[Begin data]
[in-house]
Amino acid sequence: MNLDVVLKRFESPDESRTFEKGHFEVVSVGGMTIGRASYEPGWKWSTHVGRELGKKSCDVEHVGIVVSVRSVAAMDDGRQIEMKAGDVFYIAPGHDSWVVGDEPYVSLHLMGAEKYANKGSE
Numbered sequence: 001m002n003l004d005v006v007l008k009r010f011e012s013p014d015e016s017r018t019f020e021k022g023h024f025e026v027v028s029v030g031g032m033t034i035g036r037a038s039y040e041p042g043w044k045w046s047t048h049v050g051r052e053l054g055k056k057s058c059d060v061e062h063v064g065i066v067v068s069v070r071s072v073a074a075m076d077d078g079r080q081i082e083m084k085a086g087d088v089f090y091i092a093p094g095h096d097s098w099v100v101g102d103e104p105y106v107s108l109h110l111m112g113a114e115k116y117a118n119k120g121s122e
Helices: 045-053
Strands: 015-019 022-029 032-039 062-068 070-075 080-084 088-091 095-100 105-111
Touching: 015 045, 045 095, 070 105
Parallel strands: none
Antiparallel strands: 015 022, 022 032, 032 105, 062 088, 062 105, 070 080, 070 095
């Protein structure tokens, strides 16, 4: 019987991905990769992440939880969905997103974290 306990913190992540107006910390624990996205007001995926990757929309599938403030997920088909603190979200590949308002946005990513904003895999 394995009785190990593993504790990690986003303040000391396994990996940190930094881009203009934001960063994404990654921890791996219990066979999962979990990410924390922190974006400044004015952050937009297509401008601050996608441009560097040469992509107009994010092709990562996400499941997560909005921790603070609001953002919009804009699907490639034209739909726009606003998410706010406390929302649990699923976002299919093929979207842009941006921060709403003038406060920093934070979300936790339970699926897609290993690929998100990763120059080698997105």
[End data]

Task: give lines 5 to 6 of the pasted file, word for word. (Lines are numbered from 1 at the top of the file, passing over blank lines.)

Strands: 015-019 022-029 032-039 062-068 070-075 080-084 088-091 095-100 105-111
Touching: 015 045, 045 095, 070 105